One of the influences that initiated surrealism was that of Antonin Artaud.

At one occasion André Breton wrote "I salute Antonin Artaud for his passionate, heroic negation of everything that causes us to be dead while alive." 14 The French actor, director, poet, and theorist Antonin Artaud left a group of writings which had fundamental influences on experimental theatre. The main contribution was Theater and its Double (1938), in which he conceived his theatre of cruelty. The essential meaning of that work is an invitation to consider theatre as a superior type of reality and that social reality is only a reflection or as an imitation of theatre. He once said:

Instead of passively mirroring the world, art is seen as a higher form of reality, with material life as an imperfect copy of what art symbolically expresses.” Explaining the core sentence of his theory he says “if the theatre is the double of life, life is the double of the true theatre. 15

Artaud believed that civilization only distorted the core of humanity; civilization was evil and hence man was deluded and could only be purged be a catalyst force that frees the unconscious and returns to its purest state, i.e. primitivism. For Atraud that catalyst was the theatre of cruelty. The meaning of cruelty comes from the concept of irrationality. Atraud rejects reason and logic as “the chains that bind us in a petrifying imbecility of the mind” what he suggests instead of the social virtues are irrational spontaneity and delirium, which could liberate suppressed forces inside us. This liberation will result in an emotional purgation that has the same effect of catharsis. Using the ritualistic signs and symbols instead of language, acting upon the stage will be purely presentational and hence transcendental. Christopher Innes explains the significance of presentational rituality for Atraud :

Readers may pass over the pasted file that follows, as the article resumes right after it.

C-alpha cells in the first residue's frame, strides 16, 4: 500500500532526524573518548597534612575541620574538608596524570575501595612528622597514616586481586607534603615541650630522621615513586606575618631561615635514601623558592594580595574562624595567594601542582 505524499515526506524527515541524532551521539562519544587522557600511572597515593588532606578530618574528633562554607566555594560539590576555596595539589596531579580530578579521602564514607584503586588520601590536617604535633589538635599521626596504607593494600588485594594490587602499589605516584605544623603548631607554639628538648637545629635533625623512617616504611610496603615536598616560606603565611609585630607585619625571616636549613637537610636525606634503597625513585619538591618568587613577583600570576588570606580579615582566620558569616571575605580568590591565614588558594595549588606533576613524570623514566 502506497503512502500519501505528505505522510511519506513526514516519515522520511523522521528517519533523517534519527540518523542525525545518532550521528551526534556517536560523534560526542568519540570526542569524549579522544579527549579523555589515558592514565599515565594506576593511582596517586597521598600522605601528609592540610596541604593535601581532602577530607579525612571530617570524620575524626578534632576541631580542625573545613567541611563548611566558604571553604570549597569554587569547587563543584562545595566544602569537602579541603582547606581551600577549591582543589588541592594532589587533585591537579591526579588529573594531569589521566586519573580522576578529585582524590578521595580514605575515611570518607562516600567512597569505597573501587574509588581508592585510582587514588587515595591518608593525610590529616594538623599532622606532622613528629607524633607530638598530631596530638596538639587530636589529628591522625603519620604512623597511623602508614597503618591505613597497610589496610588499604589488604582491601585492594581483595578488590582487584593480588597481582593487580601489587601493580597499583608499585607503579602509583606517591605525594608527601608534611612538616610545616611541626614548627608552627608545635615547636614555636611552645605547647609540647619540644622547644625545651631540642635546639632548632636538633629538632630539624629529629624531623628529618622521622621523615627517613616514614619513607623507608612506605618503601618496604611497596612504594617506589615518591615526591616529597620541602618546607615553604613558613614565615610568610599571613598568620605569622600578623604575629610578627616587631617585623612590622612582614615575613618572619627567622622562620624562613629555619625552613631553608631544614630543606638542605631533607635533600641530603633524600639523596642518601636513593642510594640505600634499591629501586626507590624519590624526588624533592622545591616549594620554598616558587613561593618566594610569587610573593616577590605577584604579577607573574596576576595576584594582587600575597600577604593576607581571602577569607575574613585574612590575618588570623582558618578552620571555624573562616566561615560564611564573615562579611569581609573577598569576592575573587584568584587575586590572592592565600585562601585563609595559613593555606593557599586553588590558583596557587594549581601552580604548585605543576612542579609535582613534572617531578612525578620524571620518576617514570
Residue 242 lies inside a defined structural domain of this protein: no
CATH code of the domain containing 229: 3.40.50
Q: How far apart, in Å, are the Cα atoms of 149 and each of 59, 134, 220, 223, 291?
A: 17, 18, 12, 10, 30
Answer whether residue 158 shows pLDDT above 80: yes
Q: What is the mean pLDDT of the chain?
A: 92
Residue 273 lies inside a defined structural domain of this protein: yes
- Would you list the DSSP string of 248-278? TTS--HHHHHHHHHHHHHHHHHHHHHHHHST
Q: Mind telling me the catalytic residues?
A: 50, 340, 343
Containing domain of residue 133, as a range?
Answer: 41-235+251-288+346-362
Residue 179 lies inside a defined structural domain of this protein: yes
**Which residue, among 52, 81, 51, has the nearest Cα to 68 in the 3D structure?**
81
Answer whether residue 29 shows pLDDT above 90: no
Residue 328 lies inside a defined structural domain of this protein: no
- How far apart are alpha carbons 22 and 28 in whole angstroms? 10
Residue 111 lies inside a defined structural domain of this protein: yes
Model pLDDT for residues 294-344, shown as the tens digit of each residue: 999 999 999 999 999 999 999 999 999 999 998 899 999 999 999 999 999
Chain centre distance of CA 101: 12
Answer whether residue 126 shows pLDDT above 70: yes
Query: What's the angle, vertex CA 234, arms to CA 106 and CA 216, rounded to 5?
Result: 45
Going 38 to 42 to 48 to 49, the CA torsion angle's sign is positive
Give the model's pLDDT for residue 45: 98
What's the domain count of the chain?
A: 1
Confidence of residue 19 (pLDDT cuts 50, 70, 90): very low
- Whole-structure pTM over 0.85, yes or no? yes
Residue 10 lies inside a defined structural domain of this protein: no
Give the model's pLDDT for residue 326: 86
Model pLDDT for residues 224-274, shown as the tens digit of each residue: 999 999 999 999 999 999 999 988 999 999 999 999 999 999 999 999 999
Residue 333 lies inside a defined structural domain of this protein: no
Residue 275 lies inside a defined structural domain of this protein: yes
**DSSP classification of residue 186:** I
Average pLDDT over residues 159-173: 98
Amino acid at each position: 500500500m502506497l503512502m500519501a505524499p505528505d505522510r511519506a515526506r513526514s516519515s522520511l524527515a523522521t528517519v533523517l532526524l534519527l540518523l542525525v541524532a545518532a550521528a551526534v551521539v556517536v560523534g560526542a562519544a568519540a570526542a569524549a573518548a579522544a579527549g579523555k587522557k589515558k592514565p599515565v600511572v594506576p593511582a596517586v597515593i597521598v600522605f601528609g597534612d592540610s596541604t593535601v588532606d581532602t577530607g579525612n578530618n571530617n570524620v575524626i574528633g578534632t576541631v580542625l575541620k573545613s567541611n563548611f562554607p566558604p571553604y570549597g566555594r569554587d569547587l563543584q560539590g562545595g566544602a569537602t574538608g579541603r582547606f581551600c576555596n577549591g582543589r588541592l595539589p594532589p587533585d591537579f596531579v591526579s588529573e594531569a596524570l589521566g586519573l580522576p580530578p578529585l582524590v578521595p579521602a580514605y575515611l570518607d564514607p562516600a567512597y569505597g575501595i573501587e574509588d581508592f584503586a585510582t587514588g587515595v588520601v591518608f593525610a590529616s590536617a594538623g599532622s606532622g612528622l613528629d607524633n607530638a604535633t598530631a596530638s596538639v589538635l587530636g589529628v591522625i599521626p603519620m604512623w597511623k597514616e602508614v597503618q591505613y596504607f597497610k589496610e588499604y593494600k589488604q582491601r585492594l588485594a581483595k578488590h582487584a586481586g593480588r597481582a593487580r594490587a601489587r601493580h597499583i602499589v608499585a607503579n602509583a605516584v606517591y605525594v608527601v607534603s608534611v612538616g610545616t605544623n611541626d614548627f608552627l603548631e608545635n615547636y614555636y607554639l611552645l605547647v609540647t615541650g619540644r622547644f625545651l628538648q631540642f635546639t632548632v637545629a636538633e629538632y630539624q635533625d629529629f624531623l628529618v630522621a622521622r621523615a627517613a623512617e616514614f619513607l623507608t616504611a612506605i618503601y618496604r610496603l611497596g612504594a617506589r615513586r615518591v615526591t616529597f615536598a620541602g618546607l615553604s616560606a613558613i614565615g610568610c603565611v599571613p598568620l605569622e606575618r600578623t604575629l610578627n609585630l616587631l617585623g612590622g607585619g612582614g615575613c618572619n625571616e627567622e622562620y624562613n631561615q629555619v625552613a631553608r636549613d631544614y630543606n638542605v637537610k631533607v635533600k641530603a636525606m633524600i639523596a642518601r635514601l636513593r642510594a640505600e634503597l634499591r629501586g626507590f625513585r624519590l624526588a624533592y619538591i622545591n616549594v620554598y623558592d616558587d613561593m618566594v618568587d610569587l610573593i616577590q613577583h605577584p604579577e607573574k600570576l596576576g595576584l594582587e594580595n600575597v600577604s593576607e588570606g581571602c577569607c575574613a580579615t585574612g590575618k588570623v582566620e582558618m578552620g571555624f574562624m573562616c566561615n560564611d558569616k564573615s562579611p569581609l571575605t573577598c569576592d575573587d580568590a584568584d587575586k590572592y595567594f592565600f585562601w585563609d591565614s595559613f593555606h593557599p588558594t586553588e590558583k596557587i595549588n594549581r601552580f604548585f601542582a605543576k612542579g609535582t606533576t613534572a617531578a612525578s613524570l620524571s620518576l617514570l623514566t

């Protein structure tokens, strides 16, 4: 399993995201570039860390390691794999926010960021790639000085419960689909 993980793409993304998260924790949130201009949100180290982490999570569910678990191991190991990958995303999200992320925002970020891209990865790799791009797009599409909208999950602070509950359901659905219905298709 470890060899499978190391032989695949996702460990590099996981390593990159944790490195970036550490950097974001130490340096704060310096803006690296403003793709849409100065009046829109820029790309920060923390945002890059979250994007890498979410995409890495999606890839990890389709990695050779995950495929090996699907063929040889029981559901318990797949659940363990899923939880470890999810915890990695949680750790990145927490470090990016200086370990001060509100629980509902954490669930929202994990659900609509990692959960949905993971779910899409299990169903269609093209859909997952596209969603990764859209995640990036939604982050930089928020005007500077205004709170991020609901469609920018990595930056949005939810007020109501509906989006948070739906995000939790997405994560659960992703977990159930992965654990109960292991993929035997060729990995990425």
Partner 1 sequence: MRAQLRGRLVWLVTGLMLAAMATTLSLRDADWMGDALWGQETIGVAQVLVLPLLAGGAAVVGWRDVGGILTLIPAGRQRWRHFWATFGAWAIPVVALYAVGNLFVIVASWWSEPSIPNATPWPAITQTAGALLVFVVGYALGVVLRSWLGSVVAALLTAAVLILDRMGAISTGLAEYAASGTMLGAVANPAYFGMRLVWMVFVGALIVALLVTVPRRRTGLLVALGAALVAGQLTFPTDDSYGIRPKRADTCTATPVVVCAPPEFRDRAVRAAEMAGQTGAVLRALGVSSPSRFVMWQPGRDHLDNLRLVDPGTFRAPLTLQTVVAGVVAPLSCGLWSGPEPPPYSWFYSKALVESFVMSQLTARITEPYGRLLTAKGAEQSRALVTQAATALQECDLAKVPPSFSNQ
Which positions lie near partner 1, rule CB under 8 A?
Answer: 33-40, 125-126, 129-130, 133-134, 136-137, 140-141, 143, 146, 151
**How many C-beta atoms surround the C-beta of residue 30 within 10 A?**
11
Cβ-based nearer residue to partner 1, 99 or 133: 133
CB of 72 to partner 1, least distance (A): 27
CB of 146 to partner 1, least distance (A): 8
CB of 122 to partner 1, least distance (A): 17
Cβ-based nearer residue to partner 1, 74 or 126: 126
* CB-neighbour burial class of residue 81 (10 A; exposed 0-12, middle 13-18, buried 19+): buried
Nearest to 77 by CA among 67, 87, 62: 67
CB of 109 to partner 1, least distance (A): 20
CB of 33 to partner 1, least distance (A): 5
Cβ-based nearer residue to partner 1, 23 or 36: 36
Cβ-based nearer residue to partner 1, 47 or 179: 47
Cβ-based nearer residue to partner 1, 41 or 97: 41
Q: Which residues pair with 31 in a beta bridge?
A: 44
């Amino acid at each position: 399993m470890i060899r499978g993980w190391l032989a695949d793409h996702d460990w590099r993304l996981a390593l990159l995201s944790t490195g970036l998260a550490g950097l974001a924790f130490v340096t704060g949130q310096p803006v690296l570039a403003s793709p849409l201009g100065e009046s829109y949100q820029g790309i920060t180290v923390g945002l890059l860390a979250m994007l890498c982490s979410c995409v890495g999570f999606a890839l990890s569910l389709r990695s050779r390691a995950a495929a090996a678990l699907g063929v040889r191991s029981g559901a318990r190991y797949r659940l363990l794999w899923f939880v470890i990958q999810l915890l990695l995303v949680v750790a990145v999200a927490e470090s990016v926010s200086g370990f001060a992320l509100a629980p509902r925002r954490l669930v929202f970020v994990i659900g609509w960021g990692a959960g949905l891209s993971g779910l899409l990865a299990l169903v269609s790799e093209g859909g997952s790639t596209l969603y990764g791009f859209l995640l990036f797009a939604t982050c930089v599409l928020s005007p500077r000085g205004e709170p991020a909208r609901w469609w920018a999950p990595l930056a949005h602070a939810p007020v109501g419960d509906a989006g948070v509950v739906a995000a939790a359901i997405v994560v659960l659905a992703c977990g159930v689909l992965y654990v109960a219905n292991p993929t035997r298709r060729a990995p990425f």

presentations are assumed to evoke a mirror start in the spectator’s mind, if these “can be projected with the necessary violence; and the delirium will be contagious, exorcising repressive behavior patterns in society as a whole by its presence in the tiny percentage of the population who attend Artaud’s theatre an analogy to the plague that Artaud’s confused metaphor is “spiritual freedom” causing “all social forms to disintegrate’ and spreads “without rats, without microbes, without contact. 16

Atraud announced once that the public should look for the ideas of the theatre of French playwright Alfred Jarry in its performances, “better than any theories, our program is there to make our intentions manifest”. 17 Surrealism owed much of its innovatory to the works of Alfred Jarry who at the age of twenty three, managed to revolutionize French theatre (1873-1907). Jarry’s Ubu Roi. is the first part of a trilogy presenting a tyrant king, Ubu, who comes to power and is portrayed ridiculously. The king stands for many social vices like avarice, mediocrity, and the artificiality of the values confining bourgeois culture that is violently attacked by Jarry. "Action and Life…" says Jarry, "are more beautiful than Thought. Thus, let us Live and by so doing we shall be Masters." Every individual, he believed, should transcend the inferior reality to an “eternal dream” where everything is possible; he counted on the will power of every person. “His outlook on life was calculated to distort accepted "reality" and thereby trigger catastrophic changes, creating imaginary hypotheses that could replace the known.” 18